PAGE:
Wait for a second… How can I just forget to write about our very own Indian fake news media? India's fake news and its effects are adversely influencing our society for the last few years. Starting from the 'miraculous medicinal property of biological waste of certain species of mammal' to 'guaranteed Corona healer medicine', Indians have been in a whirlpool of fake news. Many cases have been reported where mob lynching has been triggered by child abduction rumours. Here are some more examples -

  • Muzaffarnagar 2013 riots, with 60 casualties, were triggered by a WhatsApp video. 

  • At the time of demonetization, newspapers and news channels spread a rumour that a chip would be embedded in 2000 Rs note for spying purposes.

  • A news media organisation named 'OpIndia' has been allegedly distorting the truth by misquoting statements, using misleading headlines, insulting many journalists with false allegations of sexual harassment and unethical behaviour.

  • Protests against CAA and NRC have been deeply influenced by fake news and wrong interpretation of the law. A significantly large number of protesters did not even have any concrete idea about CAA or NRC: they just came to protest as they thought that this law would take their citizenship.

  • In this ongoing Pandemic, some fake news alleged that 'Corona is Air-borne'. Some of them claimed that "Chinese experts have said that inhaling hot water vapour can kill coronavirus". Several drugs have been declared by 'WhatsApp University' to have a healing and resisting property to Corona. Even before the official lockdown, forged government documents about lockdown were circulated on WhatsApp.

There are so many instances of fake news in India that I can't cover all of them in one article. But the one thing I can say is- "Every lie we tell incurs a debt. Sooner or later the debt has to be paid." Every time we spread fake news; we have had to pay the debt in a fatal way.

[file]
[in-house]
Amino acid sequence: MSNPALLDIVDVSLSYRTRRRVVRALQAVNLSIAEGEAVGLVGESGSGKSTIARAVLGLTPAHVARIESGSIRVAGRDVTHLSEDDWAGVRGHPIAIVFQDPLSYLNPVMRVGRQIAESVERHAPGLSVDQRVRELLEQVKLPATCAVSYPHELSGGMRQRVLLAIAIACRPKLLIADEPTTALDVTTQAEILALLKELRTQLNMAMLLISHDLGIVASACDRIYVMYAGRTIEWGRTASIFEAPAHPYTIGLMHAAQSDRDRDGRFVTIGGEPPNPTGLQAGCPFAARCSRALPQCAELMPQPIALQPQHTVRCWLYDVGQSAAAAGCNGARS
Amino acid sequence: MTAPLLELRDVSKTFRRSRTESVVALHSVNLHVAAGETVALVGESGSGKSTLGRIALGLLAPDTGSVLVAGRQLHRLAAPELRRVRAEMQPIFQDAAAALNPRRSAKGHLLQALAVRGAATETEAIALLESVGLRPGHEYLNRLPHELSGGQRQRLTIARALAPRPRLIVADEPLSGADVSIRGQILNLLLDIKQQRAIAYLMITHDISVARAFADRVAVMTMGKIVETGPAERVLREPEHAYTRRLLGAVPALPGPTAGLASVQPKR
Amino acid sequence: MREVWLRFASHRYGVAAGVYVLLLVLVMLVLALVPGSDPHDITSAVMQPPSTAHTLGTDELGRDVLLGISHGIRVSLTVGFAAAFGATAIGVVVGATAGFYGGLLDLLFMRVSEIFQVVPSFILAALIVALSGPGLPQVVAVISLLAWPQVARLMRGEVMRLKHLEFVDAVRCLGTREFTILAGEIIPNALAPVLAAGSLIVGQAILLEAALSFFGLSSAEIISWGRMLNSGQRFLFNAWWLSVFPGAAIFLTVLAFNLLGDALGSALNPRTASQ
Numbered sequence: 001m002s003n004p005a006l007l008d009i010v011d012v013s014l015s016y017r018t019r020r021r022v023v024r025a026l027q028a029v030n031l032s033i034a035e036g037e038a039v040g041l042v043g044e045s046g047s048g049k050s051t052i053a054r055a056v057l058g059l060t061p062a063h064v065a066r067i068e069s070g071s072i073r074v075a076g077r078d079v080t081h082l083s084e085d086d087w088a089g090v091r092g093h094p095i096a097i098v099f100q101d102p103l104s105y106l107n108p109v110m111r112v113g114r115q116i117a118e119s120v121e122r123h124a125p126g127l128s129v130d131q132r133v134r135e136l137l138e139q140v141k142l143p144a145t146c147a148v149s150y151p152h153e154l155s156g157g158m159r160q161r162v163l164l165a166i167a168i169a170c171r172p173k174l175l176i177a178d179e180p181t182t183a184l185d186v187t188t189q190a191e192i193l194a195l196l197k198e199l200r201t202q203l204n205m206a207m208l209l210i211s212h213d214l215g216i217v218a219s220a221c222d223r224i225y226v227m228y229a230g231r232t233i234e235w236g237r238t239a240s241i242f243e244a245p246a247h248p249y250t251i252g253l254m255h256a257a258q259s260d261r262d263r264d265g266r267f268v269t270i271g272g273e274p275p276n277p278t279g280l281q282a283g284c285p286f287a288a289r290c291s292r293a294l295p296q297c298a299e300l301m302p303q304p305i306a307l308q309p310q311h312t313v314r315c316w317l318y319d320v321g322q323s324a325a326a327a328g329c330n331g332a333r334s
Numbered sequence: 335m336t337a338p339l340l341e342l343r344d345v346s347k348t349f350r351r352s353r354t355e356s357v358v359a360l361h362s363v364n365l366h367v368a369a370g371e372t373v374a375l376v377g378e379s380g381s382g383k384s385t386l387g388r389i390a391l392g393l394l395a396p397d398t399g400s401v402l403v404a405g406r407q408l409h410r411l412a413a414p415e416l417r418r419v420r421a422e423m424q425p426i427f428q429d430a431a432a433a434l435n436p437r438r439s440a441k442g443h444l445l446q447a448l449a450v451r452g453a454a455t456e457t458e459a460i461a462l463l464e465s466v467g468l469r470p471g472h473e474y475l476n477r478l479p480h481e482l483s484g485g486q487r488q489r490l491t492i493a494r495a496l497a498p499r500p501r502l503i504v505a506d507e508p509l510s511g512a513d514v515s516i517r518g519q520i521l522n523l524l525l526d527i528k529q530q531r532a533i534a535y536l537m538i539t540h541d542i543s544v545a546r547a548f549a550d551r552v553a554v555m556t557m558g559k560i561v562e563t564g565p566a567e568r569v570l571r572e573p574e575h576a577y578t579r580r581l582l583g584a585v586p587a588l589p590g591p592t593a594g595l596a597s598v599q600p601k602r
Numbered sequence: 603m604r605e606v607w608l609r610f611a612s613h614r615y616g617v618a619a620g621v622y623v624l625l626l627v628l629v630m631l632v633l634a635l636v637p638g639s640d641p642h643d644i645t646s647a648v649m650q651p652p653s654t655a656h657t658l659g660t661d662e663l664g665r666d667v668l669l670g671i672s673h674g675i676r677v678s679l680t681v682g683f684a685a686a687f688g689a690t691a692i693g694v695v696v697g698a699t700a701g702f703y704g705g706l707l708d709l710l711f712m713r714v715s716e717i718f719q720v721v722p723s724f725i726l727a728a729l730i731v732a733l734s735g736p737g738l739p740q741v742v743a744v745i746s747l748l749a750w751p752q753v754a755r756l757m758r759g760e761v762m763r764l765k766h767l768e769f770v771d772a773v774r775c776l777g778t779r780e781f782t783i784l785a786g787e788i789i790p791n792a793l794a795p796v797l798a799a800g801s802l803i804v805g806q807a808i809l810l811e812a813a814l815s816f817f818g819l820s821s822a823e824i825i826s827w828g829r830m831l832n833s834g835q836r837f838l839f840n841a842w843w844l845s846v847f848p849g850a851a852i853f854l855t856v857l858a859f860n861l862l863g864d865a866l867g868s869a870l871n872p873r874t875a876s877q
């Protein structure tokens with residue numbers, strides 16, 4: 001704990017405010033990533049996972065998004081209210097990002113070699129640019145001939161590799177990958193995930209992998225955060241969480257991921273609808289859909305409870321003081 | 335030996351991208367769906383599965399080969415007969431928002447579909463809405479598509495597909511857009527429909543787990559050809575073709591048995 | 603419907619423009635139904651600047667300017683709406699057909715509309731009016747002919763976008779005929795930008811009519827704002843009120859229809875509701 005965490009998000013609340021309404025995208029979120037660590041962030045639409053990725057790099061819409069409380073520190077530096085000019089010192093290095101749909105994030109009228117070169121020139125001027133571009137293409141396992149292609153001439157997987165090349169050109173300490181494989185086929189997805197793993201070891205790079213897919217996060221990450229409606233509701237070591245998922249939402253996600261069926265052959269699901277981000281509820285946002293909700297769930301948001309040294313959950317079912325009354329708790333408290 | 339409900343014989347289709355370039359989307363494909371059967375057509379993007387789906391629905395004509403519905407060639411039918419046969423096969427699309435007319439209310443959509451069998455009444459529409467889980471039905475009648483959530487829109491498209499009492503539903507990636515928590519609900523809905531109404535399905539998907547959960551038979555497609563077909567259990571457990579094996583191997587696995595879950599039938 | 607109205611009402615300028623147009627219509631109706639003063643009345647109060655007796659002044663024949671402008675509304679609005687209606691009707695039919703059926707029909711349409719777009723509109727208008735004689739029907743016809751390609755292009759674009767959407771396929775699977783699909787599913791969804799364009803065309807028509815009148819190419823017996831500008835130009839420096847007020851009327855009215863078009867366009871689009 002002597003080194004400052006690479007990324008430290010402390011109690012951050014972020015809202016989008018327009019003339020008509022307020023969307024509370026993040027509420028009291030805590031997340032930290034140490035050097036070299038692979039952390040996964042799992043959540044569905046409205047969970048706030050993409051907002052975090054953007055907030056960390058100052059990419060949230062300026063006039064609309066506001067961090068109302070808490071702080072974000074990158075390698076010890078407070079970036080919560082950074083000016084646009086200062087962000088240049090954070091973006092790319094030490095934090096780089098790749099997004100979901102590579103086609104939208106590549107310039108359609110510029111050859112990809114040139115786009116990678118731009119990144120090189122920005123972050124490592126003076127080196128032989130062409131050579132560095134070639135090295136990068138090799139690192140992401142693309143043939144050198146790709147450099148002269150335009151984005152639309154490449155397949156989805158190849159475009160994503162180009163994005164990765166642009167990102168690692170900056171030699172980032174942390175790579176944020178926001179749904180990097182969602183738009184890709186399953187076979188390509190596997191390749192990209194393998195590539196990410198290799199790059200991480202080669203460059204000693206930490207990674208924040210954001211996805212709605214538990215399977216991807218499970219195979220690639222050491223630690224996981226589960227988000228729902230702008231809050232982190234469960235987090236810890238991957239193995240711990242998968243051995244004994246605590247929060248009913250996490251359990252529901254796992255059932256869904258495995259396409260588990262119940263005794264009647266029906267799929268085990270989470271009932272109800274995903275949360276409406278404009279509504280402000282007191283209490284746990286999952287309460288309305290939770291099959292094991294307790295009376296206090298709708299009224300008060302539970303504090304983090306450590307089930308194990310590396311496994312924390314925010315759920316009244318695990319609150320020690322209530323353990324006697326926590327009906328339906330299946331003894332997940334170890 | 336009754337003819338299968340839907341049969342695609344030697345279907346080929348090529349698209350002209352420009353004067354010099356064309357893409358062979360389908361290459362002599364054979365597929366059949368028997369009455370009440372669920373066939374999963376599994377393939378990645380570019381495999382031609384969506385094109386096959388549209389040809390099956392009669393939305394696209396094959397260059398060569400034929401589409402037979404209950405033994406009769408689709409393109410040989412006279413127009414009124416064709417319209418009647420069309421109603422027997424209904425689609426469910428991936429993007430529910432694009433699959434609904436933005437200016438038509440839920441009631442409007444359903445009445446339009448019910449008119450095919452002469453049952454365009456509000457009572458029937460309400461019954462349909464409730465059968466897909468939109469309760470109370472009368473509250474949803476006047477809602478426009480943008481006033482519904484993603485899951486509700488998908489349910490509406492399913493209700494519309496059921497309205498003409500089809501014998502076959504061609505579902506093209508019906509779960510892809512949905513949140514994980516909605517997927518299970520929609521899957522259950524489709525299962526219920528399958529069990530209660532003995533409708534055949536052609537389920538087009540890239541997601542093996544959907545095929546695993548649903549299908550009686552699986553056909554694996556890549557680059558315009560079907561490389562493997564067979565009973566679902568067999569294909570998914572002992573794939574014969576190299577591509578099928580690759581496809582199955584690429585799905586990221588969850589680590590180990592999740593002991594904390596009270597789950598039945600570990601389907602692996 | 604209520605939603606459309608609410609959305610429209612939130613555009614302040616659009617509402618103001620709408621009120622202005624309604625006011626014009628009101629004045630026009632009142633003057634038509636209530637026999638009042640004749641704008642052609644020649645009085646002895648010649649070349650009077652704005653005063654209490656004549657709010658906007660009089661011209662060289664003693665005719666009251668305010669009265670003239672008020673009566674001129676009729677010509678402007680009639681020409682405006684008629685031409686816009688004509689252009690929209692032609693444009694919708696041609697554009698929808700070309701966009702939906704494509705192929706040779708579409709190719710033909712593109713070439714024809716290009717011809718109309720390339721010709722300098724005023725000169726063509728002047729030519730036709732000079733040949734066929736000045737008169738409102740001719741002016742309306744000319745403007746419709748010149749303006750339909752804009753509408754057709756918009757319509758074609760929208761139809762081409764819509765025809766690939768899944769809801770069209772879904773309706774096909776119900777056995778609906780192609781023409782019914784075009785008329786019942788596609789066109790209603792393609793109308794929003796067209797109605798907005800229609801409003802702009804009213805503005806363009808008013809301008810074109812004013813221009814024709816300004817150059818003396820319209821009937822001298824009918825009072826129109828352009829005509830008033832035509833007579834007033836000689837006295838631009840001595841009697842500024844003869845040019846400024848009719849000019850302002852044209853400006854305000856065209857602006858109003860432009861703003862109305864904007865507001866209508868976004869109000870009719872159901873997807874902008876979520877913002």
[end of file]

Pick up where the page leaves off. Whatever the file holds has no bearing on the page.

Claire Wardle, the executive director of First Draft News, a non-profit organisation dedicated to educating journalists, identified seven types of fake news:

  1. Satire or parody (not intentionally causing harm but has the capability to fool readers)

  2. False connection (using headlines, photographs or titles that don't support the content)

  3. Misleading content (manipulation of information to 'frame an issue')

  4. False context (actual content is shared with misleading contextual information)

  5. Impostor content (when original sources are impersonated with fake, fabricated sources)

  6. Manipulated content (when accurate information or imagery is manipulated to deceive, as with a "doctored" photo)

  7. Fabricated content (the piece of news is 100% untrue, intended to deceive and cause harm)

In November of 2017, Wardle proclaimed that she had discarded the phrase "fake news" and "censors it in conversation", finding it "woefully inadequate" to show the effects. She now called it "information pollution" and classified it under three types of problems: 'mis-information', 'dis-information', and 'mal-information':

  1. Mis-information: false information broadcasted without harmful intent.

  2. Dis-information: designed and distributed by people with malicious intent.